The Difference Between Annual, Biennial and Perennial Plants
Decode the lingo with our jargon buster
By Daniel Woodley at DIY Gardening
If you’re looking for a concise explanation of the difference between perennials, biennials and annuals then this is the page for you. Other words are also explained.
The roots of annual plants do not survive into a second year.
Annual plants are often used in hanging baskets, containers and borders where they produce an abundance of flowers for protracted periods, usually much longer than other types of plants.
Biennials are similar to annuals except that they live for two years.
In the first year, they grow leaves but rarely flowers. In the second year, they flower and set seed before dying.
Perennials are plants that live for more than two years.
Some will last for decades and these are known as hardy perennials while others only live for a few years, these are known as short-lived perennials.
“Tender perennials” live for more than two years but can’t survive frosts and must be relocated to a protected area for the winter.
Because perennial plants divert some of their energy into root development, they may not flower for as long as annual plants which pack more of a punch, but only for one season.
“Herbaceous Perennial” Meaning
Herbaceous perennials are plants that live for more than two years, but each year, their top growth dies back to the roots, and new growth appears the following season.
This type of perennial typically has soft stems that can’t survive the winter, but it will grow again from the ground in the spring.
Examples of herbaceous perennials are rudbeckias, echinacea and sedums.
Hardy plants are those that can survive certain weather conditions and temperatures.
Most commonly used to describe plants that can survive winter, it also includes those that tolerate drought, heat and flooding etc.
Some plants are hardy in certain parts of the country, such as the south but aren’t as hardy in the colder north.
“Half Hardy” Meaning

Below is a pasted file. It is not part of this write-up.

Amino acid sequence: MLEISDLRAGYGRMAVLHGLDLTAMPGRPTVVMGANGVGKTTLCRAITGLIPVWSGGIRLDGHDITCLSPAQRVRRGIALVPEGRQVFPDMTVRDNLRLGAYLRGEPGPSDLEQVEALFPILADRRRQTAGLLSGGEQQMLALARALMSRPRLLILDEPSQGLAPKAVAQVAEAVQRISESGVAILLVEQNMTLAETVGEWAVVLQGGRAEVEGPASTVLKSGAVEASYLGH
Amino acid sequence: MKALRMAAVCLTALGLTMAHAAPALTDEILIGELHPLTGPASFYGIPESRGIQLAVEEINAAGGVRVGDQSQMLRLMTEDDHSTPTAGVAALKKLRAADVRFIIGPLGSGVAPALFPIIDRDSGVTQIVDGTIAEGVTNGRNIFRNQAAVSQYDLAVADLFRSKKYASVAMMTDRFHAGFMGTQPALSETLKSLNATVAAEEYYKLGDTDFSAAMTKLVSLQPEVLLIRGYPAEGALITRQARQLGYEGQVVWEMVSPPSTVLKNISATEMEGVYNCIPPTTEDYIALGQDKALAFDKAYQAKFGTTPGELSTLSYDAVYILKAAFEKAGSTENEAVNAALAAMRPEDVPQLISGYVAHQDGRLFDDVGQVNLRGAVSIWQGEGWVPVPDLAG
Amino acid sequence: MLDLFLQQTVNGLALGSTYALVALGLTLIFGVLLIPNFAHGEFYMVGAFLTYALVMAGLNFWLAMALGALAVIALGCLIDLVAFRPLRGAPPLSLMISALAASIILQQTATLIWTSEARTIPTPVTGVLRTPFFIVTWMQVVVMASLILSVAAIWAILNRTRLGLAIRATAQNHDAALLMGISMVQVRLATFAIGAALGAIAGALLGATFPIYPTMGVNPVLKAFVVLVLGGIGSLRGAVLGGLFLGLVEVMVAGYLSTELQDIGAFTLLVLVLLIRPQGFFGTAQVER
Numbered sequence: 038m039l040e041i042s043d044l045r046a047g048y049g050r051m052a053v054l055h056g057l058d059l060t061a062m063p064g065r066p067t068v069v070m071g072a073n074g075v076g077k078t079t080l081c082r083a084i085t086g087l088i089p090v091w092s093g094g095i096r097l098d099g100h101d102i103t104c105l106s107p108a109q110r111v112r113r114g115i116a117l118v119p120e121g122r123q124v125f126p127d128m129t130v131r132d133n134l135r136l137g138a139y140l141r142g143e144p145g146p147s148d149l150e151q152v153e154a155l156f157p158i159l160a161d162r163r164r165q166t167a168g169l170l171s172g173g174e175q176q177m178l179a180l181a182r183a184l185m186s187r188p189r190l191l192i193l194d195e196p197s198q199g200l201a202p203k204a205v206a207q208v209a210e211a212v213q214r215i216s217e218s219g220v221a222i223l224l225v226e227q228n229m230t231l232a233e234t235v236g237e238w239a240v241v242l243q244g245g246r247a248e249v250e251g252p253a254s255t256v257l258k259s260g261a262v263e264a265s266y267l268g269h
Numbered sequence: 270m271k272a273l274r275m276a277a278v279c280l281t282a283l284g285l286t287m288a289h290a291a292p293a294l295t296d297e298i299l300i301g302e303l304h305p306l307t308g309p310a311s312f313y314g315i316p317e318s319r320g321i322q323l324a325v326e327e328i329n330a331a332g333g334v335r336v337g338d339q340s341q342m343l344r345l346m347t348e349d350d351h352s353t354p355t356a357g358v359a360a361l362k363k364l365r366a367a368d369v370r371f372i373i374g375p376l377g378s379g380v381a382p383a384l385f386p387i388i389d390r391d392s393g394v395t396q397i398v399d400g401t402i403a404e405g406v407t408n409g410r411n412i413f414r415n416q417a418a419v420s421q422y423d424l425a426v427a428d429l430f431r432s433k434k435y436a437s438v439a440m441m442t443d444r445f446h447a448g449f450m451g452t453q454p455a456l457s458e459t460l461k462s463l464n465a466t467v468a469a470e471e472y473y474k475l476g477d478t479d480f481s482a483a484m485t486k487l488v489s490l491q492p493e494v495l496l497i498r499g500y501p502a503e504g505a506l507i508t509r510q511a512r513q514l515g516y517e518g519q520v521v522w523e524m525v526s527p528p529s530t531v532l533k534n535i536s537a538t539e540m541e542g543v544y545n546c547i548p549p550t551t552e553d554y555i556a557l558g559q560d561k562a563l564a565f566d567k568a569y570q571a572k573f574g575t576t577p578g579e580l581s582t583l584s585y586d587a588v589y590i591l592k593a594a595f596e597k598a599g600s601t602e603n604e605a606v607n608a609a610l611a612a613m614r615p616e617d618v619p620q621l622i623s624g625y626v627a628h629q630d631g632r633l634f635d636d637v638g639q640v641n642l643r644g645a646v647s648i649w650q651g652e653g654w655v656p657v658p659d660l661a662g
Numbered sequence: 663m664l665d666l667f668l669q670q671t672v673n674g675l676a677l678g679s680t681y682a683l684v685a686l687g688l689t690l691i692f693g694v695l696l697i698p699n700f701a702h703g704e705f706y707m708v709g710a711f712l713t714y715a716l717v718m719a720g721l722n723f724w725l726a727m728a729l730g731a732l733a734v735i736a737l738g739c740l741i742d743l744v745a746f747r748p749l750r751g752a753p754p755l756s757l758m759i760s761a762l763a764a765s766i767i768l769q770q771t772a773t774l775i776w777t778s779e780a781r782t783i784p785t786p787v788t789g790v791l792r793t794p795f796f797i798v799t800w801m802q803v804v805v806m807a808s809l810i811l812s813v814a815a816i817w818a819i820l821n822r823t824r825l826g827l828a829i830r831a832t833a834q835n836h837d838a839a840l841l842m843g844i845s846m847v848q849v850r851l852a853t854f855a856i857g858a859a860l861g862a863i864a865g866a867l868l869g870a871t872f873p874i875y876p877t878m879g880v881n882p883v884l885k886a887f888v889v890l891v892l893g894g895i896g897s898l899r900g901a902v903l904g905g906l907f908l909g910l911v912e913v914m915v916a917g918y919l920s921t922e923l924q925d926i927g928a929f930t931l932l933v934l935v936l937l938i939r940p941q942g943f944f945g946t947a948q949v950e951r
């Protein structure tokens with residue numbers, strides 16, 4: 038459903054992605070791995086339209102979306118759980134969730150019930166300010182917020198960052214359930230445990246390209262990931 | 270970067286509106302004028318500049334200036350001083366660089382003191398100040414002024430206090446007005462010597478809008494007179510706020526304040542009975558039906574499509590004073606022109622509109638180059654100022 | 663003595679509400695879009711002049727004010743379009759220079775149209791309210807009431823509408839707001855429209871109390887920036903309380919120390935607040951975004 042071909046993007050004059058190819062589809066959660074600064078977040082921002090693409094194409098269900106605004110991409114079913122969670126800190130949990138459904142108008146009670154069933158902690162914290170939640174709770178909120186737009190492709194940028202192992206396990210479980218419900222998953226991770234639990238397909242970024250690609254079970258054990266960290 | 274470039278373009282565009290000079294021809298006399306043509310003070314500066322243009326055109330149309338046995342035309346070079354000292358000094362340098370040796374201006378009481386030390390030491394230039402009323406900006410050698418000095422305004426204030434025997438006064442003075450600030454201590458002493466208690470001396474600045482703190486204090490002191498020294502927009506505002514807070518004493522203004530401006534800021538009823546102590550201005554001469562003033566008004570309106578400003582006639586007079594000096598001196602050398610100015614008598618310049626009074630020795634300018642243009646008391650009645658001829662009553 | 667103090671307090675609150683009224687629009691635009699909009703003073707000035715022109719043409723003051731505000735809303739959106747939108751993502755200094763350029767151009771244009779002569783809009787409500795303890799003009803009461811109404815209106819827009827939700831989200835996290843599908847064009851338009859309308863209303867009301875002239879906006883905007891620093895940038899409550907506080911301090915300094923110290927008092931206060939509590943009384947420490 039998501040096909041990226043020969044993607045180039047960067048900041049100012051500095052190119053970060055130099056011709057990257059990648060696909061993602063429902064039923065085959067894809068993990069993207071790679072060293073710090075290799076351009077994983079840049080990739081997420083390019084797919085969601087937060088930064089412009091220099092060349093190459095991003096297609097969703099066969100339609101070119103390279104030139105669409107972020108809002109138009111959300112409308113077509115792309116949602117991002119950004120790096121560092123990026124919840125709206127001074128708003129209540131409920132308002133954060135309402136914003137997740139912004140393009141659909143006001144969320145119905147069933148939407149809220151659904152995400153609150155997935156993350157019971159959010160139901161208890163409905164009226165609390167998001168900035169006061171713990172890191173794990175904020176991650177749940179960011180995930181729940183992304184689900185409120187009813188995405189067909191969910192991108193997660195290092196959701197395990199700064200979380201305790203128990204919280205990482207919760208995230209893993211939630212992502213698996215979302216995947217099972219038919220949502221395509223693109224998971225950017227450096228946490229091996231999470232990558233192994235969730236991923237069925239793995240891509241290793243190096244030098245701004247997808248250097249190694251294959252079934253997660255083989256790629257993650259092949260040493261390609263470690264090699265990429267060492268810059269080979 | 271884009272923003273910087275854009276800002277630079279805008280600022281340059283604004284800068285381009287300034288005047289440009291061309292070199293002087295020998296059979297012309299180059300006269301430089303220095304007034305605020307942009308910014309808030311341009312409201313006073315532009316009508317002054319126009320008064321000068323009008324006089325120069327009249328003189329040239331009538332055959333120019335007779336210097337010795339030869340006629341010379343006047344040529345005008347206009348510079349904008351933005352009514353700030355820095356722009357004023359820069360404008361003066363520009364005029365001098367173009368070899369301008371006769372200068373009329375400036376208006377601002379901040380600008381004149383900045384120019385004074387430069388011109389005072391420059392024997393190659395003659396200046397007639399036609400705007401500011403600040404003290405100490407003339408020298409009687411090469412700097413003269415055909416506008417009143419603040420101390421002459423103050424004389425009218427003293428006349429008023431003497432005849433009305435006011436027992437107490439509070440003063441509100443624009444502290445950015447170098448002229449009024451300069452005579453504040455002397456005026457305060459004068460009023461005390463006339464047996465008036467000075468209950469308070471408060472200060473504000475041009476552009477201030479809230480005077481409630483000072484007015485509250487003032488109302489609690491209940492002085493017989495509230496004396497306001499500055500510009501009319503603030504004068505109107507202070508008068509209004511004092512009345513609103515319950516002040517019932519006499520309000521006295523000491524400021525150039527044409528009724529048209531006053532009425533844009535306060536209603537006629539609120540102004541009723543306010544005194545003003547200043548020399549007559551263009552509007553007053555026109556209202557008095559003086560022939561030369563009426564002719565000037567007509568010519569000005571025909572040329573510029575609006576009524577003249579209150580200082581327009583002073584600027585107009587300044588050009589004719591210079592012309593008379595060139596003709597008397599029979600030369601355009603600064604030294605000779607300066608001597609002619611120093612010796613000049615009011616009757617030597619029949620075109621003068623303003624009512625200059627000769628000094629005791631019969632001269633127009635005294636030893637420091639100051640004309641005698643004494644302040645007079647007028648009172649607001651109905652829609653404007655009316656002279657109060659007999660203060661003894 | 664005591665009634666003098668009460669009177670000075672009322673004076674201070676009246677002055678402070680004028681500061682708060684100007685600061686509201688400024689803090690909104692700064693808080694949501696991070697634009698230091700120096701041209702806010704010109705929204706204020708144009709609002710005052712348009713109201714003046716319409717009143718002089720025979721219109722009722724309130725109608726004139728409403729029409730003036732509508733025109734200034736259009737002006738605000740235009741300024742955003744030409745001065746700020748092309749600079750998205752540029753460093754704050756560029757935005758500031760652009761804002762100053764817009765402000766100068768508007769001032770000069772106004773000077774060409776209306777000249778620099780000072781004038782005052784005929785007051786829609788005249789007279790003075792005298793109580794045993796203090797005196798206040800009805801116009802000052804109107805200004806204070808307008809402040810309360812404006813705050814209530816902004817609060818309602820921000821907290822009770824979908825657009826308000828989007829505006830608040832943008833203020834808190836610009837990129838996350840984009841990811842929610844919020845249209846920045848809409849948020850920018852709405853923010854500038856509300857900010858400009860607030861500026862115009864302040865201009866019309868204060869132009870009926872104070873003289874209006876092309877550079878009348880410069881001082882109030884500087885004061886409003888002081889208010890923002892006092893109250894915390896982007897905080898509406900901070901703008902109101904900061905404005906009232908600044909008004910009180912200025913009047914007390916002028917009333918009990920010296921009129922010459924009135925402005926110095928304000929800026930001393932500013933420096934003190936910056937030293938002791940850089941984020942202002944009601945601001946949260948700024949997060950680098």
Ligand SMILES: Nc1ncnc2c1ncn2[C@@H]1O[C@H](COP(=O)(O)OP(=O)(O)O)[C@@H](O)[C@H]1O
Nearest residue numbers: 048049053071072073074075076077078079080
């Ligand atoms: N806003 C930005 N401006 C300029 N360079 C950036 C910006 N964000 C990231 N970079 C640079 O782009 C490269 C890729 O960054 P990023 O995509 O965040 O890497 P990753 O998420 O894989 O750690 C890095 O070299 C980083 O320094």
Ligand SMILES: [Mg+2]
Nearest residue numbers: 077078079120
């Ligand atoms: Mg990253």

Half hardy plants are hardy in mild weather conditions but will not survive more extreme weather such as frosts.
Gradually acclimatising a plant to outside weather conditions and temperatures. This usually involves moving a plant previously grown indoors to an outdoor location, first during the day and then leaving it outside permanently after a week or so.
A plant that retains its leaves throughout the year.
Plants that lose their leaves each year, often in autumn and winter.
Plants that lose their leaves for a very short period or plants that only lose some of their leaves.
Tubers are planted in the ground where they grow roots and sprout stems. The potato and dahlia are the most well-known plants grown from tubers.
Plants grown from tubers die back each year and, provided the tubers isn’t damaged by frost, will grow again the following year.
Tubers spread by multiplying and splitting and are asexual.
To grow new plants from cuttings taken from a donor plant.
Trimming back plant stems for aesthetic purposes or to encourage new growth.
Some plants will stop producing flowers when seeds are set (created) and seeds are always set in the flower head.
To prevent a plant from setting seed, one can cut off the old flower heads, a process known as deadheading.
Deadheading is a very good way to encourage more numerous and larger blooms in some plants.